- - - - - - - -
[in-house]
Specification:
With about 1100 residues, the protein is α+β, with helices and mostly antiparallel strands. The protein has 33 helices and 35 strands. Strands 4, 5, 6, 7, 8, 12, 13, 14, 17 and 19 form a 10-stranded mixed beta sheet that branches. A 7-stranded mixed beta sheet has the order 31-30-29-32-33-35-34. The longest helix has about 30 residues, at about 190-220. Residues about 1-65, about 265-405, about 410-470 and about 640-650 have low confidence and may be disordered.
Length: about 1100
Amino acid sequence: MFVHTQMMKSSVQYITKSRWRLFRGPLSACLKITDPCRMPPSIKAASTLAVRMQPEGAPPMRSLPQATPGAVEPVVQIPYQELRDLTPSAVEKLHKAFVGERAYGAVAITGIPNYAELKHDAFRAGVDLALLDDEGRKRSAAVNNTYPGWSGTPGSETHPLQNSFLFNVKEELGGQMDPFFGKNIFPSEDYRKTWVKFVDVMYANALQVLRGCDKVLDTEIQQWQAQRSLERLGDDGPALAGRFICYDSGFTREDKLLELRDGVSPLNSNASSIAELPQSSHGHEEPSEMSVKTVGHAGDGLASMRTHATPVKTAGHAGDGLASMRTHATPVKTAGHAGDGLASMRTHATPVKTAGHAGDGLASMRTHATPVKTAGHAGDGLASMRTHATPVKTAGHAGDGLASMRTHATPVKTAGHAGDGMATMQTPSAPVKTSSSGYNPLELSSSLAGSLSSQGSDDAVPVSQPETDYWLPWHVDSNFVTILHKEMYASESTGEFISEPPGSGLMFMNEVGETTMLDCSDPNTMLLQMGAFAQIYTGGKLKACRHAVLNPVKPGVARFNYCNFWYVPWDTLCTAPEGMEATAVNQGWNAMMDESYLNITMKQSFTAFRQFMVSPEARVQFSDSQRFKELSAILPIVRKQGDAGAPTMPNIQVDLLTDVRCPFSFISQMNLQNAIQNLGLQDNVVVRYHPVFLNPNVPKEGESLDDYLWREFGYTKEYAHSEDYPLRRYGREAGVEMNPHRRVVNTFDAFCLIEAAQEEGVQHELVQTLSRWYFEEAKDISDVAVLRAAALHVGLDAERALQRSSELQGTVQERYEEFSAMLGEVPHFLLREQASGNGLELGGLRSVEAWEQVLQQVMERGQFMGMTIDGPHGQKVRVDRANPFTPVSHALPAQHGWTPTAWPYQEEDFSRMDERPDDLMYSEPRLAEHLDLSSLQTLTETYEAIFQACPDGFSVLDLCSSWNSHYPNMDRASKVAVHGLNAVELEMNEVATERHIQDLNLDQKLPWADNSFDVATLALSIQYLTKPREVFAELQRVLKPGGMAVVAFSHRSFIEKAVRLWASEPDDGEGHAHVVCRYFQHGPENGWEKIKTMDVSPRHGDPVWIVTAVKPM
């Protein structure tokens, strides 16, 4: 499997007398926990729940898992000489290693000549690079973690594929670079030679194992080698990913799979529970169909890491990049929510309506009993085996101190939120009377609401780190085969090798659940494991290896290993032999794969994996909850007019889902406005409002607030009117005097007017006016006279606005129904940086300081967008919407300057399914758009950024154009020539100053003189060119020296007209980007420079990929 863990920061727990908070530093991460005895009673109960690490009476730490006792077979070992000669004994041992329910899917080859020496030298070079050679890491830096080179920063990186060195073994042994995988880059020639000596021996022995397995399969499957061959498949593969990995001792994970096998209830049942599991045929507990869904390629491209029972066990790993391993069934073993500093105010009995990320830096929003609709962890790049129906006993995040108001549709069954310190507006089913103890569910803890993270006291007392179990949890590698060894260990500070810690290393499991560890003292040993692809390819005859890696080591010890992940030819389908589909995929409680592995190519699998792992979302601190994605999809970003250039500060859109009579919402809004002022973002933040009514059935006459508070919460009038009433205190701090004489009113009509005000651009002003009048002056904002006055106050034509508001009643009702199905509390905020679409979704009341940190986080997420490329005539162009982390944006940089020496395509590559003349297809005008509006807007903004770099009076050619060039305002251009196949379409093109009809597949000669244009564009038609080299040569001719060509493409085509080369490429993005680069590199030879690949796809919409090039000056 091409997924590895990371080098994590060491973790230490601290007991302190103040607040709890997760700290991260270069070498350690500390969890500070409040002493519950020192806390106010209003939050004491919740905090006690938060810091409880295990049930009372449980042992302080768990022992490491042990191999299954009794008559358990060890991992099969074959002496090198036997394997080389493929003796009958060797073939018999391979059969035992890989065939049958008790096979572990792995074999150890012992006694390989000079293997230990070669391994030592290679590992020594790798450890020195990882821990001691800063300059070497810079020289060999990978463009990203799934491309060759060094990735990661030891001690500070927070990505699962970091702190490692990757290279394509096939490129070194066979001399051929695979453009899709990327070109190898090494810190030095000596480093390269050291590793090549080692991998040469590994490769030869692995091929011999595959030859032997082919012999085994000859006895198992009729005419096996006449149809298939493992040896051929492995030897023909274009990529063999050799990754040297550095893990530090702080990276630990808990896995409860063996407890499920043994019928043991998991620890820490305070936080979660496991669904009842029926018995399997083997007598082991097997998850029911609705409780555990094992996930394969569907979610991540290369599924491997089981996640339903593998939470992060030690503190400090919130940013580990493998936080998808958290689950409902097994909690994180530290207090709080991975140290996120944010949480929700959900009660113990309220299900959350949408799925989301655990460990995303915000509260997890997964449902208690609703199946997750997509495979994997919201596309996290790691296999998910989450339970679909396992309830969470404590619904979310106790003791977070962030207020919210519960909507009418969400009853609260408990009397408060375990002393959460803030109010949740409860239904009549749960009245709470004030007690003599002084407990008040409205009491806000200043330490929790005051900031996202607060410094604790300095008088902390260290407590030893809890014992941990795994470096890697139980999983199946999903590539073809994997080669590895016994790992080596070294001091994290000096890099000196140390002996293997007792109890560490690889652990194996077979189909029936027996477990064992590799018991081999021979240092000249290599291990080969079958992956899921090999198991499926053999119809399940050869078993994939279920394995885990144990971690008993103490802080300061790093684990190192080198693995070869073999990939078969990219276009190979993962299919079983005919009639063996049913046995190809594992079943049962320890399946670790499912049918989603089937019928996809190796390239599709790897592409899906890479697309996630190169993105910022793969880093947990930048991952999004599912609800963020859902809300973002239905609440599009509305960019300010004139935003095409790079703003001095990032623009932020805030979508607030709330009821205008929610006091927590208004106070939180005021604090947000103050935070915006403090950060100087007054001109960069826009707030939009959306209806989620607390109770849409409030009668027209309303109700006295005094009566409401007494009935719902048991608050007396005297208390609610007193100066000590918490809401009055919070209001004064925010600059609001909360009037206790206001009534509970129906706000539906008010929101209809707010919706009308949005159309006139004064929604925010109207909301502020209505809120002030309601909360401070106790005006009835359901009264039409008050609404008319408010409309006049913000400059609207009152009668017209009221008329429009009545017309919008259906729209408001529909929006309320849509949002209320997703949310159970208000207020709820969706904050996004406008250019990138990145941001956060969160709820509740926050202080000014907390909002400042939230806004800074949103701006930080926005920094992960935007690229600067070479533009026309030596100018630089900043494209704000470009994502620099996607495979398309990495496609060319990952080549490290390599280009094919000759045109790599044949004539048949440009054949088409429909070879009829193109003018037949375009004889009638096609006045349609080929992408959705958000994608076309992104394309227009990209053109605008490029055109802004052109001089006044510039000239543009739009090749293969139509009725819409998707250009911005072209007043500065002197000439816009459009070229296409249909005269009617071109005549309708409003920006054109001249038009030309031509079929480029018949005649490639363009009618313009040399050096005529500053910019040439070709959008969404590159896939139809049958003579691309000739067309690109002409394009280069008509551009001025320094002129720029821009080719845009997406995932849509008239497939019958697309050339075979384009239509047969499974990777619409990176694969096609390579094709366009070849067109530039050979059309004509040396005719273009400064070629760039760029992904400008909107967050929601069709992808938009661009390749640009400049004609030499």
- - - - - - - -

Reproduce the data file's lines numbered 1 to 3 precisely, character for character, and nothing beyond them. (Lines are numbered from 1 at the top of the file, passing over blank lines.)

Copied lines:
[in-house]
Specification:
With about 1100 residues, the protein is α+β, with helices and mostly antiparallel strands. The protein has 33 helices and 35 strands. Strands 4, 5, 6, 7, 8, 12, 13, 14, 17 and 19 form a 10-stranded mixed beta sheet that branches. A 7-stranded mixed beta sheet has the order 31-30-29-32-33-35-34. The longest helix has about 30 residues, at about 190-220. Residues about 1-65, about 265-405, about 410-470 and about 640-650 have low confidence and may be disordered.